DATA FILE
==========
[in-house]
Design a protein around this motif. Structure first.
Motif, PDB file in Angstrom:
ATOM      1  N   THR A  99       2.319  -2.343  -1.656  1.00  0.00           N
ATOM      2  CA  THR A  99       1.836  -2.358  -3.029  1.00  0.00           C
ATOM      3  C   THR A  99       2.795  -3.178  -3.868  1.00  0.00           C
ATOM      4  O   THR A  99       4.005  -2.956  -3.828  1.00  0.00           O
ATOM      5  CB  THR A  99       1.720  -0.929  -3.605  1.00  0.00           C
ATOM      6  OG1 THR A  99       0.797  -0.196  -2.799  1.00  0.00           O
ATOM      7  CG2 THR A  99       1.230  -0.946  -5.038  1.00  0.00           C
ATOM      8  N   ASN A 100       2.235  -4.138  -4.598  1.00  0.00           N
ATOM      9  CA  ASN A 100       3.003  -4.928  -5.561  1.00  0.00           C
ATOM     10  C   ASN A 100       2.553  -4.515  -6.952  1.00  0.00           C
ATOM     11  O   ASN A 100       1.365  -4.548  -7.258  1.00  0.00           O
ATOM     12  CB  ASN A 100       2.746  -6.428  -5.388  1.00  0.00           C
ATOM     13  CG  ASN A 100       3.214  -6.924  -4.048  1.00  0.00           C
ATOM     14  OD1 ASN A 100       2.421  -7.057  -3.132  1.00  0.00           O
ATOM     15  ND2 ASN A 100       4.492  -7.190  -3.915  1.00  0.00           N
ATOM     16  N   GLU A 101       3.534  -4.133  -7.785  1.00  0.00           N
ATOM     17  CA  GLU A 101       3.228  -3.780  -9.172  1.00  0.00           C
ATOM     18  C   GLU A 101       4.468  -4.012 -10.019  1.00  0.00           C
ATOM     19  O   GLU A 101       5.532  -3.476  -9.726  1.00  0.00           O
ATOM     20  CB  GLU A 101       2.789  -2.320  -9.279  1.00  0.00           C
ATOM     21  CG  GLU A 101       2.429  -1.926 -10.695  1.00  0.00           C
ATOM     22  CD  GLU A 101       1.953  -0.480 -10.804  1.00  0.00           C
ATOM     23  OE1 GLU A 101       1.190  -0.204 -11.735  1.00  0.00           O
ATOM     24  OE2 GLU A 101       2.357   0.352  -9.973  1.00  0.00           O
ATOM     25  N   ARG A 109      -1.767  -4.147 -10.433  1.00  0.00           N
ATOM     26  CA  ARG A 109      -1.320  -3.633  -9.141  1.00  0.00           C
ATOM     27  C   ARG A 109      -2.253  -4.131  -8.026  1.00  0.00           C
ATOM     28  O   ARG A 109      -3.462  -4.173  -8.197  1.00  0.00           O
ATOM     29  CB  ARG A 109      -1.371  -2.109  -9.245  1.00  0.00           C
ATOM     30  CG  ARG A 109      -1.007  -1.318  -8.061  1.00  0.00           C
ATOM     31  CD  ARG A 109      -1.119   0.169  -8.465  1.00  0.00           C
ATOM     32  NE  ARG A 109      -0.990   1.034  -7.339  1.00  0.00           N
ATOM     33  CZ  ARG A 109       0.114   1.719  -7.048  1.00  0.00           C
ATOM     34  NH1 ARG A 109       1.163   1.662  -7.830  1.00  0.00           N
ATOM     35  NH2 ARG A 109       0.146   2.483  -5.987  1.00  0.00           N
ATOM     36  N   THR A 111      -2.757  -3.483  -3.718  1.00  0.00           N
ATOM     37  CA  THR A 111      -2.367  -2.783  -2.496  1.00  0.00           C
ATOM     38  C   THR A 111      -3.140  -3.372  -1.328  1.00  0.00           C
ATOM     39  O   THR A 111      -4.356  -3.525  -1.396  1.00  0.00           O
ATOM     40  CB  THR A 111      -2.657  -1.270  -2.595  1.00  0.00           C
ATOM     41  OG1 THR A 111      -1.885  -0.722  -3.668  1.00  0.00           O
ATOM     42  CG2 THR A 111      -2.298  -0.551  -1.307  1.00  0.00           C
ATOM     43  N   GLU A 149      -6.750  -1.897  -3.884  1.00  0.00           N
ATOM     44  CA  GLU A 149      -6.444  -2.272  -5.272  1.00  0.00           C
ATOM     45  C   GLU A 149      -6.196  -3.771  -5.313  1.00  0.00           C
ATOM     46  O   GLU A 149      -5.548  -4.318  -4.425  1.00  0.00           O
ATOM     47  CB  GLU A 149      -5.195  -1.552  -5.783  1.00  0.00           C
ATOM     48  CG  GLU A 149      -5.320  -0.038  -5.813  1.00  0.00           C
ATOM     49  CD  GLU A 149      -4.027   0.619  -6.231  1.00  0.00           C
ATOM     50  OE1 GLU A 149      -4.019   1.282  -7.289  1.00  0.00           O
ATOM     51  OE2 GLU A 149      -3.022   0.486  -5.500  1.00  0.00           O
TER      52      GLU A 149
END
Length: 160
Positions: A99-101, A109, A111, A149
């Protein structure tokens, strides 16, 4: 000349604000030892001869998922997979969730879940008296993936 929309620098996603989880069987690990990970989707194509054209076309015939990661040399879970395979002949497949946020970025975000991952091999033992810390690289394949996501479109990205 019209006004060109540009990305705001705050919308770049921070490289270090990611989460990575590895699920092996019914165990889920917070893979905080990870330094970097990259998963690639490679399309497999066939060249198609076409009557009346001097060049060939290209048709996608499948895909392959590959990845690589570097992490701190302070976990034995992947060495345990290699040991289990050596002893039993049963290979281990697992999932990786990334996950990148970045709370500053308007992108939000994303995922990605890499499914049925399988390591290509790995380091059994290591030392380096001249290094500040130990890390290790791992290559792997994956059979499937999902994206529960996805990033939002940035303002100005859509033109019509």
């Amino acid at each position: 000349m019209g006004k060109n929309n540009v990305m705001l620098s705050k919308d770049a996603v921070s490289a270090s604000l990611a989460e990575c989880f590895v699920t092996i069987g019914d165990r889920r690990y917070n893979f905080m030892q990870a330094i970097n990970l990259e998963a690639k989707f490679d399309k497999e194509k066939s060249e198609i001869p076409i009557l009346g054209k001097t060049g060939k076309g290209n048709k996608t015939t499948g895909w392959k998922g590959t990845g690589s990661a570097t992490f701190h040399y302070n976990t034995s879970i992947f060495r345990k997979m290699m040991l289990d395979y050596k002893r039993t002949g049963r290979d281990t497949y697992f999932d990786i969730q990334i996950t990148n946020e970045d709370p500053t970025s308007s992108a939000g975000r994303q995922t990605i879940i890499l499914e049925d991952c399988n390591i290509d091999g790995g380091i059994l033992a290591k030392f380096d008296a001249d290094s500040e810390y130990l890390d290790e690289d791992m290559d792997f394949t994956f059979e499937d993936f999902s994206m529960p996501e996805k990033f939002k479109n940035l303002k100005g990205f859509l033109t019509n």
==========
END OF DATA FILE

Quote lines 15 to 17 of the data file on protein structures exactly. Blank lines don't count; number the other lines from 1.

ATOM     12  CB  ASN A 100       2.746  -6.428  -5.388  1.00  0.00           C
ATOM     13  CG  ASN A 100       3.214  -6.924  -4.048  1.00  0.00           C
ATOM     14  OD1 ASN A 100       2.421  -7.057  -3.132  1.00  0.00           O